Volunteers wrap gifts for a good cause
by Erin Williams
Special to The Star
Dec 09, 2012 | 997 views |  0 comments | 9 9 recommendations | email to a friend | print
There are several things to look forward to in Calhoun County this time of year — Christmas parades, open houses and neighborhood decorations — not to mention the ramped-up energy that surrounds Quintard Mall.

No lap around the mall perimeter would be complete without a serious discussion with Santa Claus about getting on the “nice” list, treating yourself to a holiday milkshake at Chick-Fil-A or a grateful stop at the Second Chance gift-wrapping station — especially if making presents pretty isn’t your strong suit, says Susan Shipman, executive director of Second Chance, a domestic violence advocacy group in Anniston.

“That’s why people come to us. Either they don’t have the time to, don’t want to, or are no good at wrapping presents,” Shipman said.

The volunteers are more than just real-life elves, though. Through the gift-wrapping fundraiser, which has been occurring for more than a decade, the domestic violence advocacy organization is able to spread the word to the public and recruit even more help to assist with their needs next year.

“Because we have been out in the community and have such great exposure at the mall, we pick up a whole lot of doers beyond just … wrapping the gifts and sticking the bows,” said Shipman.

It’s an intense labor of love that Second Chance board member and retired social worker Linda West has been involved with for the past three years. This year, however, marks her first as the volunteer coordinator for the annual event, which begins the day after Thanksgiving and continues through Christmas Eve. West actually became involved with the event after mulling over the idea of opening up a gift-wrapping business with her sister.

“I saw they needed volunteers and I thought, well this would be a good way to find out if I would like doing this,” she said of rolling up her sleeves and rolling out the wrapping paper. “I fell in love — which I thought I would.”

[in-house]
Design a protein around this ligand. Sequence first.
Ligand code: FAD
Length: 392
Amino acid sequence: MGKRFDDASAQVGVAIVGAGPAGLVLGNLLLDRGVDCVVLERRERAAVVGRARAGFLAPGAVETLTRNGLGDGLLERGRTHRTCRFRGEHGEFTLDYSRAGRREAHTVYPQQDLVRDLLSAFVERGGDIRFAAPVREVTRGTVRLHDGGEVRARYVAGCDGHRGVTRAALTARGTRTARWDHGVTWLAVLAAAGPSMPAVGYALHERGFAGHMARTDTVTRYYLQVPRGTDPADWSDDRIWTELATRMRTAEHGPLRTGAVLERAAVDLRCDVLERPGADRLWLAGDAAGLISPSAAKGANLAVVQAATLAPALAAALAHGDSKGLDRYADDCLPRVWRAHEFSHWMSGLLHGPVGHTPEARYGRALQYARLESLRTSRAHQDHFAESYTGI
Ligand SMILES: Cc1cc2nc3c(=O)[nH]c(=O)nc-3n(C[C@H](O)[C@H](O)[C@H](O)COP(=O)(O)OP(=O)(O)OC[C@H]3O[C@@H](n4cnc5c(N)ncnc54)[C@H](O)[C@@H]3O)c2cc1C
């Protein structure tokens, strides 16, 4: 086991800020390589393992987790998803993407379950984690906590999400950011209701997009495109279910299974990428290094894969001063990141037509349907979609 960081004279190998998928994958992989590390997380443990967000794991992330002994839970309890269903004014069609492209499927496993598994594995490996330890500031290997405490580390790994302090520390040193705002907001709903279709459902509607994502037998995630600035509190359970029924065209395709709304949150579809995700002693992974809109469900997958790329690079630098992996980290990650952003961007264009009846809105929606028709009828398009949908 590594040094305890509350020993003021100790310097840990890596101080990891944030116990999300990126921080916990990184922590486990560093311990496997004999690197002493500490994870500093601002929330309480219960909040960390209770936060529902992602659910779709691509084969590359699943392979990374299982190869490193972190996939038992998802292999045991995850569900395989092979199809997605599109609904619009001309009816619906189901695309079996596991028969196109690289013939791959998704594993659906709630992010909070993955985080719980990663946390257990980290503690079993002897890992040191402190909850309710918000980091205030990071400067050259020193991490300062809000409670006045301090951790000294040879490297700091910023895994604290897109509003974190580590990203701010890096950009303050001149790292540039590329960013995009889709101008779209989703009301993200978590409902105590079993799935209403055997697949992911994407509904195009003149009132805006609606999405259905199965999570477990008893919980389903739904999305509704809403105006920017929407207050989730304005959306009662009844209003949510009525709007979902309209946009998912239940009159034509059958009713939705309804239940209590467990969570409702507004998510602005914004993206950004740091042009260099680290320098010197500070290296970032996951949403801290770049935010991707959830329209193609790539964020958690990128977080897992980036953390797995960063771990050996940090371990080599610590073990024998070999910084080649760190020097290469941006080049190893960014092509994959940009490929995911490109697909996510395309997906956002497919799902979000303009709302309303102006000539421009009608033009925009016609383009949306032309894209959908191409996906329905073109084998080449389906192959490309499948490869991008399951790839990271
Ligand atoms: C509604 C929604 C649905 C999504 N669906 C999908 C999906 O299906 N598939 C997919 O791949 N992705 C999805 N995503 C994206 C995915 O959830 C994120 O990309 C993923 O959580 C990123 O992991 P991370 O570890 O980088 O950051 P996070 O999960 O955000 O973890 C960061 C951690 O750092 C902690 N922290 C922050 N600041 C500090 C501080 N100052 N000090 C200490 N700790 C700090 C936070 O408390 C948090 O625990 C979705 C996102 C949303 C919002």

The organization itself has been a fixture in the community since 1988 and opened up its first shelter two years later in order to provide a safe haven for victims of domestic violence and their families. Second Chance has a thrift store and receives donations throughout the year, but the gift-wrapping fundraiser is their largest activity.

“Grants cover a lot of things,” West said. “But there’s things that people just don’t think about,” including household items like laundry detergent and diapers. “When those ladies come with their kids they have just what’s on their back.”

Some women who have been in an unfortunate situation use this fundraiser as a time to support Second Chance, either by getting their packages wrapped or by giving their time.

“We get a lot of ladies that have been abused and really haven’t talked about it,” she said. “They just want to say ‘You know I’ve been there and I appreciate the help and I want to give back.’”

Beyond just curling ribbon though, it’s been West’s experience that some patrons need an ear to listen about what’s going on in their lives — “Not just abuse, but anything,” she said.

Take for instance, a heartbroken man who stopped by after having his engagement broken off. He came to the mall just to clear his head, but West was able to offer him wisdom — and then some.

“I spent about 45 minutes with him talking,” West said. “God only knows if that might have brightened his day or whatever, but at least when he left he was smiling.”

This year, Second Chance has enlisted the help of more than 300 volunteers. Shifts are still available, but as the calendar inches closer to Christmas, it’s every volunteer for themselves.

“It’s a scream — and Christmas Eve is just a chaotic madhouse,” said Shipman. “We’re helping people out of that chaos for that day, and I can’t imagine our not doing this.”
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Volunteers wrap gifts for a good cause by Erin Williams
Special to The Star

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